Cesilee Dean knows some folks will say she had it coming. She bared her breasts in public and got ticketed. Boo blanking hoo.
But while Dean does plan to fight her citation in court, this is not why she's complaining. She's upset because, of the thousands of people who saw her that day, "a police officer was the only one who violated me."
On June 19 Dean, 27, took part in the World Naked Bike Ride in Madison. Dozens of these pro-bike, pro-body events have been held in cities throughout the world, without incident. But in schoolmarmy Madison it drew a vigorous police response, including 10 $429 disorderly conduct citations (see online story, 6/28/10).
Dean, a waitress in downtown Madison, says organizers stated that police would not hassle bicyclists whose breasts and nipples were obscured by body paint, as hers were. (Ald. Mike Verveer says a police official made a similar statement to a city committee days before the event.) Dean also believed her underwear had her covered, pun intended, when police warned participants that anyone displaying genitalia risked fines: "I was in full compliance."
And then, she relates, she felt a sudden jolt as an officer grabbed her handlebars and "forcefully yanked" her off the bike and hauled her to his squad. Dean's boyfriend, Jason Shaw, says he told the officer, Rene Gonzalez, to stop being so aggressive, as Dean was not resisting, whereupon he was threatened with arrest.
Dean and Shaw made these claims in a formal complaint against Gonzalez last week. Event participant Mackenzie Dunn, who didn't know the couple, submitted a witness statement saying "the overtly forceful apprehension of a calm, peaceful protester who was not involved in any sort of violence or aggression...was very disturbing."
But it's what happened afterward that most bothers Dean and Shaw. Both say they appealed to Officer Gonzalez to let Dean put on her T-shirt as she sat in the back of his squad car. They say he took the shirt and threw it into the front seat of the vehicle, then stood by an open back door, questioning her. When Dean asked for her shirt, she says he replied, "You want it on now?"
Dean reports being offended and frightened by Gonzalez's conduct. Shaw, a bartender and lead singer in a local band who has a booming voice, says he kept shouting at the officer to let Dean have her shirt, checking his watch as these entreaties were ignored for more than four minutes. Eventually, Dean states in her complaint, "Officer Gonzalez grabbed the shirt from the front seat and threw it at me, hitting me in the face."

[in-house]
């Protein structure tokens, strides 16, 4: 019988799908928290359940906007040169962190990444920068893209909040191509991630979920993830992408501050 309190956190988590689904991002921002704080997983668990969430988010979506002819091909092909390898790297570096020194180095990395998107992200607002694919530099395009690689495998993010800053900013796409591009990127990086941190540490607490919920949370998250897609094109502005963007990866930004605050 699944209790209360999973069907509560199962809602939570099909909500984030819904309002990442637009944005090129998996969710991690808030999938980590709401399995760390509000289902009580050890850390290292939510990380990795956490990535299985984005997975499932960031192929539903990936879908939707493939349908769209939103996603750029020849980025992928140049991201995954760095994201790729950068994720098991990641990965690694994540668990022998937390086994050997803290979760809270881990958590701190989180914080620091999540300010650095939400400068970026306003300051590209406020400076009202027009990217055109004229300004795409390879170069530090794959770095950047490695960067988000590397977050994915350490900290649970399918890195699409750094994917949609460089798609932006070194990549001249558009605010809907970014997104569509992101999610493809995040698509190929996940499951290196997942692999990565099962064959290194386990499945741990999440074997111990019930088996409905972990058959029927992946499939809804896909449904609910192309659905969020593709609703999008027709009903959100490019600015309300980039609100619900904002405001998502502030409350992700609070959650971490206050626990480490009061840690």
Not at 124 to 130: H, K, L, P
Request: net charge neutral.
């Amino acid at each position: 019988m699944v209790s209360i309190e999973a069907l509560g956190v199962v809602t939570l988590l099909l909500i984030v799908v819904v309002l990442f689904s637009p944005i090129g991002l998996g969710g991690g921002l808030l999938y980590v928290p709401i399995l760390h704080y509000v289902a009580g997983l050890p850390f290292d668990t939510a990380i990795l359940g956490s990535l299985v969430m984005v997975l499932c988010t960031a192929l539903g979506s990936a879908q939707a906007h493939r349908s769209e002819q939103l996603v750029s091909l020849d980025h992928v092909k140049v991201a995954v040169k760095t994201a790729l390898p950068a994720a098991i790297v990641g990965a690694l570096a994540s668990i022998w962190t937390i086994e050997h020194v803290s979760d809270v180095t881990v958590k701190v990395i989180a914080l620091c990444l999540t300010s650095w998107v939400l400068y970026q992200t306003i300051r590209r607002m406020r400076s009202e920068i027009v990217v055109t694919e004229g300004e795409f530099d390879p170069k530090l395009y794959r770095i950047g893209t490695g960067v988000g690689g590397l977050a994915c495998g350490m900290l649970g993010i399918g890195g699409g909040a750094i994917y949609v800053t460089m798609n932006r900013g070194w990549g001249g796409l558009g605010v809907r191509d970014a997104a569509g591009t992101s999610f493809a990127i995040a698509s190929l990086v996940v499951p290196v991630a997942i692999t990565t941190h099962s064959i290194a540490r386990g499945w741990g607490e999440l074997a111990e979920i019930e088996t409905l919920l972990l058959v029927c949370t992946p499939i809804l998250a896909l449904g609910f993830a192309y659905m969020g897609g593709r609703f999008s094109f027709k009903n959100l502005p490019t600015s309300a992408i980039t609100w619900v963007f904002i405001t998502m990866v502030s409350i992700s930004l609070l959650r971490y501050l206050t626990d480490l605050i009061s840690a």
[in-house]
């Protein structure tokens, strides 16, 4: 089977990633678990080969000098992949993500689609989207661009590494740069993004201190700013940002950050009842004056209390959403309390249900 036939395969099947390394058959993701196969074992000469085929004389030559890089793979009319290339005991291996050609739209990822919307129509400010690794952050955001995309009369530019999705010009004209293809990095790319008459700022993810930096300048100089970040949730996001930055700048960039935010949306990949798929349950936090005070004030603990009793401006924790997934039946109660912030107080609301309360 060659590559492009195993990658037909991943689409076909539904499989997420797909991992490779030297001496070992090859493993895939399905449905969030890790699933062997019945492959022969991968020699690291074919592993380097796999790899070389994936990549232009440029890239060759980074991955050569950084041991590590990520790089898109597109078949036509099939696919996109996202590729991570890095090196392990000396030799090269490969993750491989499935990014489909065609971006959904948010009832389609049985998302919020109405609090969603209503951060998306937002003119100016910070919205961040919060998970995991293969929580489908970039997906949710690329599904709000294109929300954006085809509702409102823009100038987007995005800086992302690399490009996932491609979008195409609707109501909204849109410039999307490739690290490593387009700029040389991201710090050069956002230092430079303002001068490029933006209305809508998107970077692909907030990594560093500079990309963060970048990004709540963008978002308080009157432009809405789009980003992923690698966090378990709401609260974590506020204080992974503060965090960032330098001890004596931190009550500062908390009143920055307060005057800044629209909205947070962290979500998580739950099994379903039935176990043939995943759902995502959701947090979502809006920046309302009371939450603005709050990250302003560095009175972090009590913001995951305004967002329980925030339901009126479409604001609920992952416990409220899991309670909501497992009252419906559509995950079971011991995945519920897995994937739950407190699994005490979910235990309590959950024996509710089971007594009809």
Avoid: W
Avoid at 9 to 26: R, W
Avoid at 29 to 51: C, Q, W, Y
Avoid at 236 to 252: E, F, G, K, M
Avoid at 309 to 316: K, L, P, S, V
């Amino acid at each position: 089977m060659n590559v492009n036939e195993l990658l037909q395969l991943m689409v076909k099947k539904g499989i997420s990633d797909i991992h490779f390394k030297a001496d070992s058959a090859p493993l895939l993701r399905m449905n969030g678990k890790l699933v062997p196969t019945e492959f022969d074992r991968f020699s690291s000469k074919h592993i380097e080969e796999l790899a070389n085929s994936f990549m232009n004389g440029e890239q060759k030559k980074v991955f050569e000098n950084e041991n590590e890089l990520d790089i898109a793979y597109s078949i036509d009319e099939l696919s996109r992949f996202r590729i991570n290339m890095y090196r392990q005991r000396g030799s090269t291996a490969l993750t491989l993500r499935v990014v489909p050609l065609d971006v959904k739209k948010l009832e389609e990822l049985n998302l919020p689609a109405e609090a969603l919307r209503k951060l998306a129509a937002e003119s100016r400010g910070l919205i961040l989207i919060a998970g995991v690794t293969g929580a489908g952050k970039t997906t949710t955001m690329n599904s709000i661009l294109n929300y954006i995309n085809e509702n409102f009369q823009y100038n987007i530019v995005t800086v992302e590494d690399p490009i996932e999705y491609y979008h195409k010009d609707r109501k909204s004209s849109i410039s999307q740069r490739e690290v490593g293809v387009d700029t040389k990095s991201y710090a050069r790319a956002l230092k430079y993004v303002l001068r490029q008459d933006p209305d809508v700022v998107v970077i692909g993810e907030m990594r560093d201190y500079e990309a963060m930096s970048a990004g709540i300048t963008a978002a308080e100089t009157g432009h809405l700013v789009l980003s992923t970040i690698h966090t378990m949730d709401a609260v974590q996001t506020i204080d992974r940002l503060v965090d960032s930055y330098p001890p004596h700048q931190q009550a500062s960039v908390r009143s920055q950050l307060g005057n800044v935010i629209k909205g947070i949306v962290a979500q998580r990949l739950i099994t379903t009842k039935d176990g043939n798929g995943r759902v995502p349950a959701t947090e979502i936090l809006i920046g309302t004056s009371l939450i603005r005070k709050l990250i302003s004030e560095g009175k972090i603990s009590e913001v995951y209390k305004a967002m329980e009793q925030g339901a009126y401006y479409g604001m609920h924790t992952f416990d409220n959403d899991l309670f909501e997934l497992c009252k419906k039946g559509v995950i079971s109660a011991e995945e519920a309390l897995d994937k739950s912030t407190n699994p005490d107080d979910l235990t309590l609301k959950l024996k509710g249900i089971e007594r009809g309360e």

So, yes, Cesilee Dean voluntarily took part in what she thought would be a fun public protest against car dependency that involved some degree of exposure. Doesn't that mean she also agreed to be ogled by a male cop while pleading for a shirt a few inches away?
No, says Dean, who explains it like this: When she joined the event, she was voluntarily part of a group; when she was dragged into Gonzalez's squad, "I was put in a situation where I wasn't in control anymore" - and hence entitled to make a different choice about attire. She notes the irony of being busted for being bare-chested, then forbidden to cover herself.
Gonzalez did not respond to messages seeking his perspective. Lt. Linda Kosovac, the Madison Police Department's head of professional standards and internal affairs, reviewed Dean's complaint and decided not to investigate until the disorderly conduct citation is resolved. She says people often file complaints as a way to get out of tickets.
Dean insists that is not the case here. She wants Gonzalez disciplined for "abus[ing] his power as an officer of the law by intimidating, controlling and disrespecting me." (The actual MPD rule - 204 - is against "overbearing, oppressive or tyrannical conduct.")
Both Dean and Shaw say their initial contacts with police suggest the department is unlikely to take their complaint seriously. But they've enlisted a powerful ally.
Local attorney Dan Bach, formerly the deputy attorney general for the state of Wisconsin, may represent Dean in contesting her citation and a "potential" civil suit.